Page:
There is a long piece in the Guardian about the problems of unfriending or unfollowing people on Facebook and Twitter. Or removing the clutter as it is described here. It seems that these new types of social connections are creating new types of social difficulties. Maz Hardey at Durham has quite a bit of work on the new types of unwritten etiquette that emerge on social networking sites. Here is a link to her profile, which has links to her other pages.
The Guardian piece raises quite a few issues about the handling of these types of friendships and also makes an argument about how strong these connections are. It makes an argument against the idea that social networking increases isolation. At the same time some of the weaker ties that are created do seem to creating difficulties for some. It seems from the article that some part of the problems of unfriending are social – i.e. it is awkward and might upset people etc – but part of it is that the platform tries to encourage the user to keep their friends and followers. The alternative being to cut them out of some of the interactions.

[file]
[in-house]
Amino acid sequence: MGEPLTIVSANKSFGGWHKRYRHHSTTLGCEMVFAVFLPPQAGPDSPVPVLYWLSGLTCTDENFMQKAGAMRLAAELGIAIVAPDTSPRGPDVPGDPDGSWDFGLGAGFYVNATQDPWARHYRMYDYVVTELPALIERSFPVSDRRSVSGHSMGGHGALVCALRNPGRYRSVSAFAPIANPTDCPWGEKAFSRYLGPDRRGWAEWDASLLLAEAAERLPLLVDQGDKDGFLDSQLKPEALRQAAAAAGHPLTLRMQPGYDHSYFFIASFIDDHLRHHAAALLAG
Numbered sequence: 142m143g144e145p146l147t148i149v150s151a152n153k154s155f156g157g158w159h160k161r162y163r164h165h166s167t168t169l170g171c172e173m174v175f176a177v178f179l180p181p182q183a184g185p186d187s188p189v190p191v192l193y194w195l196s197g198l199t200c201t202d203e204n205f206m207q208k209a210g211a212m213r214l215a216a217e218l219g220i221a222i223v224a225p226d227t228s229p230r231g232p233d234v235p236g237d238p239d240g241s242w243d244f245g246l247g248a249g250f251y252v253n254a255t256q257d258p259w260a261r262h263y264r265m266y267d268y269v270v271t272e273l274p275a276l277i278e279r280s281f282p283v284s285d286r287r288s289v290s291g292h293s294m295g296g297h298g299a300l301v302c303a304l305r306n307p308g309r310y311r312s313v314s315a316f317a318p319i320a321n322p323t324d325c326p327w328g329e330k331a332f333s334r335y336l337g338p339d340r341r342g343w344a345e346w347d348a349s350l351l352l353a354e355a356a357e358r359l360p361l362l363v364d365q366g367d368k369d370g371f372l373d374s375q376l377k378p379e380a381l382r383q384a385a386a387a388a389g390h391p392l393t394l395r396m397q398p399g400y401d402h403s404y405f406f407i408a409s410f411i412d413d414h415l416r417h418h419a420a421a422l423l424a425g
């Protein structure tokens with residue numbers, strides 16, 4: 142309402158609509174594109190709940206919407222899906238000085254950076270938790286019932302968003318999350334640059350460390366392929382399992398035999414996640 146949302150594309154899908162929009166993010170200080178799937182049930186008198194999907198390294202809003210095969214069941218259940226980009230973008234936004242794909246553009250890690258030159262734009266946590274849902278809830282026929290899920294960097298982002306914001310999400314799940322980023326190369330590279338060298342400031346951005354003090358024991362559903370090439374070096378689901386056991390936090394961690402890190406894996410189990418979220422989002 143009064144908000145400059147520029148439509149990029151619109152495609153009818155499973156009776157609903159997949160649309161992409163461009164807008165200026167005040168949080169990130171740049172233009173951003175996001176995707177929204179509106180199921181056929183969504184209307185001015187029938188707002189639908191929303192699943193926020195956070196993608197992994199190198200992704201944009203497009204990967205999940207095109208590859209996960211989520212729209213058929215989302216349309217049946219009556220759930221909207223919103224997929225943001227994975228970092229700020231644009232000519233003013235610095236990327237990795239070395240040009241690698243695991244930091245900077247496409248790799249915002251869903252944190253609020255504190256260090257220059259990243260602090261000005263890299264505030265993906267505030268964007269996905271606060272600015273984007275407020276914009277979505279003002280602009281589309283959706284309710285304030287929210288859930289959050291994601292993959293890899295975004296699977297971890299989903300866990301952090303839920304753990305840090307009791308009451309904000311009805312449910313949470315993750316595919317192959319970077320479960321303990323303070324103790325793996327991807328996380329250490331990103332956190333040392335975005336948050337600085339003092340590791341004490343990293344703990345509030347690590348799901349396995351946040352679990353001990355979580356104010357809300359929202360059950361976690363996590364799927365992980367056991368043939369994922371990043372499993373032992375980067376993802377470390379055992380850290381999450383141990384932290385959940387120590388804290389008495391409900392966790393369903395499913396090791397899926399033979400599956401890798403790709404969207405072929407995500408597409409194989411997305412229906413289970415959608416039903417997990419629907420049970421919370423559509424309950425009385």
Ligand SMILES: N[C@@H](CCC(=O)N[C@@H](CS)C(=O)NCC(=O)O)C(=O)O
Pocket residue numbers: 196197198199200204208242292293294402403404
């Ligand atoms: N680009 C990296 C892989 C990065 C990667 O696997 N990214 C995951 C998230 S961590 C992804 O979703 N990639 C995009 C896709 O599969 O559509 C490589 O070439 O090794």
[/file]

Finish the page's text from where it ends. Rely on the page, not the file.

Of course one alternative to the apparent stresses of social cluttering might be to leave Facebook or Twitter altogether. My colleague David Hill has written a really interesting piece called ‘Reflections on leaving Facebook‘.